The keyboard shortcuts are unmarked, and because of this, confusing. My fun times at the electric playground (would make a good SM64 stage name) were not enhanced by my character deciding to float all over the place without my consent. I greatly appreciate the teleport function, the controls for which I won't tell you because if you can't learn them by yourself then it is a very poorly designed program, though I very much dislike when it decides the best place to put me is in the thousand-foot void under the map, causing me to float without my consent and me having to restart the program to earn my gravity.
I fail to see the correlation between me falling through the floor and being forced to respawn, and the program deciding to give me noclip. I couldn't use it to get back up to the map - it only gave noclip after I was unceremoniously sent to the Nether Realm and then booted back to where I would have been if I hadn't spent the last ten seconds of my life watching the map float away like a little square balloon. You might equate this with some fourteen-year-old on Garry's Mod whining about how he lost his admin privileges. I instead use it to illustrate the frankly batshit insane design decisions that went into this out-of-bounds error-handling process, and if they can't get something as simple as that right, then I am deeply concerned for the dozens of hundred poor decisions that is certain to plague me.
Anyway, that Garry's Mod comparison wasn't to make fun of fourteen-year-olds, who are basically scrubby cats without the certainty in their lives to be somebody respectable (source: me at fourteen, playing Garry's Mod). I discovered that pressing the two key led me to YouTube, a brilliant and insightful connection to how YouTube is the #2 website in the world right now, putting the program on par with Neon Genesis Evil Eye Rub with sheer force of symbolism. Step through the portal and you'll find yourself in a big comfy room with the YouTube website on a television screen, letting you and your buddies watch movies just like the Gmod Cinema. Would be nice if I actually had some buddies, seeing as it was a Saturday night when I started and the most people I've seen in one room together were three - including me. And two of them were AFK.
The entire setup of this program seems to be a missed opportunity for a bunch of random assholes to watch porn and play flash games and go big on that bitch like you would in Gmod Tower - which was a space where a bunch of random assholes could watch porn and play flash games and also had the opportunity to kick somebody's ass in Super Monkey Ball or even Mario Kart and throw an afterparty where you could get drunk and watch Mythbusters while some asshole plays badly-composed Coldplay songs. It was probably the greatest argument for the existence of Garry's Mod, and to see such an opportunity implemented in Janus yet with none of the variety, community, or even inherently interesting concepts screams to me as a massive waste of effort.
Yes, it's interesting to explore the architecture that other players have made, but it doesn't feel like exploring so much that it does aimlessly walking around and taking in the sights. There's no interactivity to any of the environments, beyond having the ability to go through a portal and see another one. You walk, you jump, you can teleport to a place, and that's pretty much it. It's a limiting system, and one whose novelty wears off quick.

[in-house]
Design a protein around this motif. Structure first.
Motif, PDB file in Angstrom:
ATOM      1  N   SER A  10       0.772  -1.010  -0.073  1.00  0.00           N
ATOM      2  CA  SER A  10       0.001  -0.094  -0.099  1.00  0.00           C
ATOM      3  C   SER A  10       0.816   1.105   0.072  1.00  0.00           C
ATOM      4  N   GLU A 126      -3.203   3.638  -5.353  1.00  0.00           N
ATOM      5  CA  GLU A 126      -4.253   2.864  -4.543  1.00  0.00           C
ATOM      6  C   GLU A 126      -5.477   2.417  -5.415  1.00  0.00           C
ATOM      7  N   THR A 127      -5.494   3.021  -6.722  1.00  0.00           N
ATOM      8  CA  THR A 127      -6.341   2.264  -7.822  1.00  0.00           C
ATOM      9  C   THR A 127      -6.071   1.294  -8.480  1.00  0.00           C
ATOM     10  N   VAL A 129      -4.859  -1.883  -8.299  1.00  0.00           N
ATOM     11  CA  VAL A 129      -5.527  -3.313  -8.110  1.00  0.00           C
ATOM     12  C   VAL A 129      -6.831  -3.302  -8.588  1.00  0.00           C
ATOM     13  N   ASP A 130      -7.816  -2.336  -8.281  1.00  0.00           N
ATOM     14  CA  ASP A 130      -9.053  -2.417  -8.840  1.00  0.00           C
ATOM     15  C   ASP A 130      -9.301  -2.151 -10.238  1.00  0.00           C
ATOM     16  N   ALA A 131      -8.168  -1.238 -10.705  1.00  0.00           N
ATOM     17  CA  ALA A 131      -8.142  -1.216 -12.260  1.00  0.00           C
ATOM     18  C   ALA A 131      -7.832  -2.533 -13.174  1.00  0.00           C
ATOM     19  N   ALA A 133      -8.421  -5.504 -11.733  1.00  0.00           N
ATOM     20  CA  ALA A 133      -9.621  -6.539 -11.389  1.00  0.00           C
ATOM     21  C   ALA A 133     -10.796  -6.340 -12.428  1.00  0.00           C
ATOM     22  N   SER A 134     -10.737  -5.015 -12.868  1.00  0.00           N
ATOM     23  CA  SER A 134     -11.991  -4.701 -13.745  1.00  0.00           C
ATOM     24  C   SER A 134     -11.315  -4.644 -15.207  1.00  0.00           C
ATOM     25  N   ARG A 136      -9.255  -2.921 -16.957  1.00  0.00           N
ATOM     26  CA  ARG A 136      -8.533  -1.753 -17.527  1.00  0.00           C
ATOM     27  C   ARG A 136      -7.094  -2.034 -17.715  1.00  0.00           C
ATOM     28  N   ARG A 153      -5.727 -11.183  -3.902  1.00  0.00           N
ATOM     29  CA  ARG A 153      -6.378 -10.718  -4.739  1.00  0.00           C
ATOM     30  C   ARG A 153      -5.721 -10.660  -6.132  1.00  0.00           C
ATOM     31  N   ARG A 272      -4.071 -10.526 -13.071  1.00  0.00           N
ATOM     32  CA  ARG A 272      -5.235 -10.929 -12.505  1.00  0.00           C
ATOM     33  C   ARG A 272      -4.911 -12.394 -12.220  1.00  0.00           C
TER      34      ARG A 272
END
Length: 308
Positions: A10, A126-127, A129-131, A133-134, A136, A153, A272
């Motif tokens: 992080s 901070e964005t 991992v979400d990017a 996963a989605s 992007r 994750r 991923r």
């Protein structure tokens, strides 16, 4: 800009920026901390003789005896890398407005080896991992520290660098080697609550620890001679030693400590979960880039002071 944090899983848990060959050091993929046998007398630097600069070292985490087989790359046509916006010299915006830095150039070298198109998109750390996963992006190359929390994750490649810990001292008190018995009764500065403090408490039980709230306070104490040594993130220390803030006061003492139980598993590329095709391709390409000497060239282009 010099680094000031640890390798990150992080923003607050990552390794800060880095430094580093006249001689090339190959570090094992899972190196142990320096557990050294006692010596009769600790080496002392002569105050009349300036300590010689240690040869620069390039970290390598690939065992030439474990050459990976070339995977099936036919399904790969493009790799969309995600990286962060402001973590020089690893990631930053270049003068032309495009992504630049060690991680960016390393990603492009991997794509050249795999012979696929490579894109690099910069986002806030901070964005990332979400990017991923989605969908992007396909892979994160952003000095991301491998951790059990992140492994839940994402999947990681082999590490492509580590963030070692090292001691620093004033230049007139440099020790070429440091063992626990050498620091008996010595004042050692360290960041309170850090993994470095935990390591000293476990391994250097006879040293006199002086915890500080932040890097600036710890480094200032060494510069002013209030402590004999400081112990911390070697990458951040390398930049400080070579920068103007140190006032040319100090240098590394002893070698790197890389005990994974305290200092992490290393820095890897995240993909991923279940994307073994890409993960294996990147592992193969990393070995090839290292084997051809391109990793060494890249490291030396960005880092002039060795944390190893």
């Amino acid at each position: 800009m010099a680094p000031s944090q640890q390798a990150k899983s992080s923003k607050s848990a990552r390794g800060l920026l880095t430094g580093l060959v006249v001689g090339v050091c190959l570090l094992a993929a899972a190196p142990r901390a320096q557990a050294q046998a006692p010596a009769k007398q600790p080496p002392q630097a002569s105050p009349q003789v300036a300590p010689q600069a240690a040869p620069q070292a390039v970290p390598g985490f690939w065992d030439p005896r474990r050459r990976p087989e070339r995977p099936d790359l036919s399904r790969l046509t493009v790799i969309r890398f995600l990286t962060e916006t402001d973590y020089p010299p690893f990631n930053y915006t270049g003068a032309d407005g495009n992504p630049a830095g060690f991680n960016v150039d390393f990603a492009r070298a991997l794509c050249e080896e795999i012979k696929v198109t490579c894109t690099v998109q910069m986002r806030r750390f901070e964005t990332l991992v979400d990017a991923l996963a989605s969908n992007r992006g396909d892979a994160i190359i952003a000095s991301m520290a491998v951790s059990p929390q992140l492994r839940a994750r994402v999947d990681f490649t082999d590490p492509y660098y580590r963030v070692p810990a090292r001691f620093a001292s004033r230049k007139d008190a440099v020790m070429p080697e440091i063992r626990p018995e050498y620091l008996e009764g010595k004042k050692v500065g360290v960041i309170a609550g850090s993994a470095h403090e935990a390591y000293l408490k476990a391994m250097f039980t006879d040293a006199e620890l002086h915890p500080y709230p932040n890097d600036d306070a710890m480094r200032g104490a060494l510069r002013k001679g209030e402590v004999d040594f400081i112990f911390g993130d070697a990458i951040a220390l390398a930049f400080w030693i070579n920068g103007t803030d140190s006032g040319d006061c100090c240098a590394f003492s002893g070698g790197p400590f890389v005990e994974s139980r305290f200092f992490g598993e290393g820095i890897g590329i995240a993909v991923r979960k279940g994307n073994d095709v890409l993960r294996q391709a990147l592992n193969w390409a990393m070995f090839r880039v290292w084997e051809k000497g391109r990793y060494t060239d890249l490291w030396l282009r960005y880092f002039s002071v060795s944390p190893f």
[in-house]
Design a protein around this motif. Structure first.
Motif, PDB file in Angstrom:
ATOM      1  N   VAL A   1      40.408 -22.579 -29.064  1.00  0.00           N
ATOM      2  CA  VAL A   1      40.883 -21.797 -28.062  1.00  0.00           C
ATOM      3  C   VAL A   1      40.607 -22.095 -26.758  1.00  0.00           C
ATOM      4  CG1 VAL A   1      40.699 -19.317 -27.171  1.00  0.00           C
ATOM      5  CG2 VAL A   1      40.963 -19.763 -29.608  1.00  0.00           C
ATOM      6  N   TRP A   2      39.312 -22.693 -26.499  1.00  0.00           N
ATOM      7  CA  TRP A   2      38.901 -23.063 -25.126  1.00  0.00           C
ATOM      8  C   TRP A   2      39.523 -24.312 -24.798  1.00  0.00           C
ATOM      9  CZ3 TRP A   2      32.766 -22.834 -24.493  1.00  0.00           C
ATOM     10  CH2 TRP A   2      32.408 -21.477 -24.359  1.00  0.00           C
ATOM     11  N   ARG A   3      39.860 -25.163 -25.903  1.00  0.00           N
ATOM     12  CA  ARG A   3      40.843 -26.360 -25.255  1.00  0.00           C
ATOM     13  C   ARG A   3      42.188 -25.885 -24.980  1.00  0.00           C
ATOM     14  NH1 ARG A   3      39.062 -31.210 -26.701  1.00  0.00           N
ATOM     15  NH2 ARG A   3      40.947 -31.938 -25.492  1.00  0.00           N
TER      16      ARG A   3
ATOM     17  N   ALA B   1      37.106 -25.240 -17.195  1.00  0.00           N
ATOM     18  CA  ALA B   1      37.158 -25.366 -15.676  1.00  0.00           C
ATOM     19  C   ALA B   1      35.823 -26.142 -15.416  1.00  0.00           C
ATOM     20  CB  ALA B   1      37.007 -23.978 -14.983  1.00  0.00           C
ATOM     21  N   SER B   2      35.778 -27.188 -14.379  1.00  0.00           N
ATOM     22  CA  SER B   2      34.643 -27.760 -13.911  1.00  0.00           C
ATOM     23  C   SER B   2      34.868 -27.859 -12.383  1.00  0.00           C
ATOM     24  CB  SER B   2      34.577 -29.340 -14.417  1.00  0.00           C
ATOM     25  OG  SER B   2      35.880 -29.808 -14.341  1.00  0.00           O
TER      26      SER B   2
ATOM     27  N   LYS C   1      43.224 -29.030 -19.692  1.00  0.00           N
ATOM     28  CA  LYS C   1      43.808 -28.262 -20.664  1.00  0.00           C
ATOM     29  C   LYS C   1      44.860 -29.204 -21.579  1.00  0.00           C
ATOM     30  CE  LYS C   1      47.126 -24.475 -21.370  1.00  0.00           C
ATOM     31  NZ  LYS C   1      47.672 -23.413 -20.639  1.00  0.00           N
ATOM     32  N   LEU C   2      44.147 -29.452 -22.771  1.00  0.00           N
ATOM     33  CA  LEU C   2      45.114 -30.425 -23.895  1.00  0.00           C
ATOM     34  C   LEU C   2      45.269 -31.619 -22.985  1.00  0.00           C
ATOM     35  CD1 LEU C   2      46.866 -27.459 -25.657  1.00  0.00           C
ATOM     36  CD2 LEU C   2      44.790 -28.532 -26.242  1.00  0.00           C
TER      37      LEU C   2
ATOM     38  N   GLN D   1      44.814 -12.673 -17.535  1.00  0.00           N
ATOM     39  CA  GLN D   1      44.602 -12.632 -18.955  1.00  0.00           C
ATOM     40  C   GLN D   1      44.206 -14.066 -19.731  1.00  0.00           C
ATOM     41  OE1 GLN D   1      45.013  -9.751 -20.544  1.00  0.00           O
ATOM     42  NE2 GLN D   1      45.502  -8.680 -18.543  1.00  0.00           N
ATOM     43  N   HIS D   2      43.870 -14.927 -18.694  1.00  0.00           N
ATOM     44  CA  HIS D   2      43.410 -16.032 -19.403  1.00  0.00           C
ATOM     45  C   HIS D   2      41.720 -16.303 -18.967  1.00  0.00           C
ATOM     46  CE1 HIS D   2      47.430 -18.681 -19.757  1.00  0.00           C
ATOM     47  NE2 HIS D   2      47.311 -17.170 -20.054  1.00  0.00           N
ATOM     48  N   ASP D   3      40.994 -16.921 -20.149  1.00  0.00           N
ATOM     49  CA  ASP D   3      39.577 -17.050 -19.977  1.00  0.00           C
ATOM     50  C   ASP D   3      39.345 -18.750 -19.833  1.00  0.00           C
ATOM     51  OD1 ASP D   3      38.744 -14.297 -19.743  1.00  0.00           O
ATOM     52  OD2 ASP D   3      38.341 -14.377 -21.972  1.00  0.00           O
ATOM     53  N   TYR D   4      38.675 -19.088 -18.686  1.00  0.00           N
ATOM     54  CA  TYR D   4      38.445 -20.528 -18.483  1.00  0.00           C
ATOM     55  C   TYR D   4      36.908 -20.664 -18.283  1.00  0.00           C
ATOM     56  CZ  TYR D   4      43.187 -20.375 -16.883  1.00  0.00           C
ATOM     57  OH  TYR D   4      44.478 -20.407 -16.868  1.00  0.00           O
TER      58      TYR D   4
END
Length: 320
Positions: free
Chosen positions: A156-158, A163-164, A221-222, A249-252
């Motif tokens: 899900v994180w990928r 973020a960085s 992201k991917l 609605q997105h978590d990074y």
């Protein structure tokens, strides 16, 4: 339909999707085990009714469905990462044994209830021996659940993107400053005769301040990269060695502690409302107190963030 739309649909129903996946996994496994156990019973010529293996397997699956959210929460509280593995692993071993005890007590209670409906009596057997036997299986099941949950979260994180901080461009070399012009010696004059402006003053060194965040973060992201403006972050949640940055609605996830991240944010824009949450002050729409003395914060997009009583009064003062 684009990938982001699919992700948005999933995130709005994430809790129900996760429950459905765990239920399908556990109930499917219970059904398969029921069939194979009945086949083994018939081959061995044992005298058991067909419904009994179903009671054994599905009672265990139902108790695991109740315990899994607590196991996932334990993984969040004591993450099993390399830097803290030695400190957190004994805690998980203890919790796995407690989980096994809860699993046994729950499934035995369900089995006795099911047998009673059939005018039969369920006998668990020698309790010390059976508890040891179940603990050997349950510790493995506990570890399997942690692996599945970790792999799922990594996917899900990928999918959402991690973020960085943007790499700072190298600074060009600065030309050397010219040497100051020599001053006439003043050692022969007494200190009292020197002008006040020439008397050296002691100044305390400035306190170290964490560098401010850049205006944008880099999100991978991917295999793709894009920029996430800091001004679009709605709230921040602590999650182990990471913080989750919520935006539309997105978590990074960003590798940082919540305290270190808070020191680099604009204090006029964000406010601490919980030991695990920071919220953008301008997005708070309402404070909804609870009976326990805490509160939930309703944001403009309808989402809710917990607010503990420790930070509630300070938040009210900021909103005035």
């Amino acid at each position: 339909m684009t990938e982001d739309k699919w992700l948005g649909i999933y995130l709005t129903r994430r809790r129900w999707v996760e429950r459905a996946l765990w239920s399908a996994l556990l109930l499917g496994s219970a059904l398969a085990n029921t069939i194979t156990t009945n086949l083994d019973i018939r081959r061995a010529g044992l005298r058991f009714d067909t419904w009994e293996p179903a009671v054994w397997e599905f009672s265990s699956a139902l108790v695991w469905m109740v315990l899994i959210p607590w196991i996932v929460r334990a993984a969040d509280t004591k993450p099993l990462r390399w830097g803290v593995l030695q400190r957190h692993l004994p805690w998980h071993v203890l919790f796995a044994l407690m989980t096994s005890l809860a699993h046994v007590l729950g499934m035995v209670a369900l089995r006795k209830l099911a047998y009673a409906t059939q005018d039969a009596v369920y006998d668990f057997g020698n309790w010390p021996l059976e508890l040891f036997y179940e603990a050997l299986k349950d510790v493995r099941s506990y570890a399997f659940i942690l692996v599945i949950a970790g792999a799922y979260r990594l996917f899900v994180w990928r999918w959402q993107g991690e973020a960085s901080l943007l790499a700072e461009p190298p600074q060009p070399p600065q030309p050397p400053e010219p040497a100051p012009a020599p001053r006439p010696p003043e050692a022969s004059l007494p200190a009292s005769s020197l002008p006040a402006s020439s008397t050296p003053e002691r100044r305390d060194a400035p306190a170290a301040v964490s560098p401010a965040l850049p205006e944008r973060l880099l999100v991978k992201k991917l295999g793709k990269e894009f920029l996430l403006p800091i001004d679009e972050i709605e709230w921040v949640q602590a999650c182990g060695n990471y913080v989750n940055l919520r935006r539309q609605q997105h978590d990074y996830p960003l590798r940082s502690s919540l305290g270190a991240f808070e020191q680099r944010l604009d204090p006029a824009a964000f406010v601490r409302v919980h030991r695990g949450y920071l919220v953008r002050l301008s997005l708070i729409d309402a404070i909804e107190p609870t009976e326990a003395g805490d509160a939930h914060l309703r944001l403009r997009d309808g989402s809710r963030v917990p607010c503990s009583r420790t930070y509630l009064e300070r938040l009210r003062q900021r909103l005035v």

One of my biggest pet peeves with video games is when they build this truly beautiful environment, full of life and unique sights to see, and doesn't even give me the opportunity to explore it. Games like Spyro the Dragon had this component locked up, where you could run jump and fly to a place which you though was impossible to reach, and then knock out that cunt who stole your eggs. It was an environment where you felt you could actually be a part of it, and not just exploring the plastic and vinyl constructions of a bored level designer with little imagination.
And that's the problem with JanusVR - it lacks imagination. It seems to me it's trying to be the blandest, safest construction of a 3D environment trying to appeal to as many people, and hopefully businesses, as possible. It doesn't have the edginess of worlds.com, the batshittery of IMVU, or the spaghetti and spicy meatballs of Second Life. It's the most uninspired construction of GUI elements and 3D modelling that I've seen in a long time, and it doesn't turn its very cool premise of turning the Web into a three-dimension space, any justice.
For all the cool stuff that it offers, it's bogged down by the inability to feel connected to any of the places that you explore, which is a damn shame because there is a lot to explore if you just look. If I had the opportunity to run, jump, climb, and fly away within any of the environments that you construct, it would improve your product by an extraordinary amount, giving it that Minecraft feel (yes, I'm mentioning Minecraft and Garry's Mod in the same review) of a massive world for you to explore and manipulate to your whim. But the mechanics aren't there, and for that, I am left dissappointed.
To answer that burning question of whether or not it's worth it to try out, because the reading comprehension of the average man is falling close to that of a monkey's, I suggest you do. There's still nothing like it online today, and if you can get past the wasted potential, it's a free but nor libre download that leads you to some cool sights at the cost of jacking up your data cap like Macintosh Plush jacks up the reverb. It's free as in cheap and cheap as in you got pretty much nothing to lose - even if you arens't one of those poor degenerates who bought a VR headset and are trying to desperately find use out of it like you are the PS4. Or the Xbox One. Or anybody who didn't buy a Nintendo thing, because having backwards compatibility with the two strongest and best-selling libraries of all time, barring the Playstation 2 that sneaky bastard, wasn't a compelling enough offer. I guess the joke's on you now - a games company making systems with games on them? I guess my predictions are more accurate than most, because you can shit on a brick if you doubted my good old staple stock.
JanusVR in stores for Wii U.
Two faces, one for each friend: Froghand.
Today's page was updated on September 19, 2016!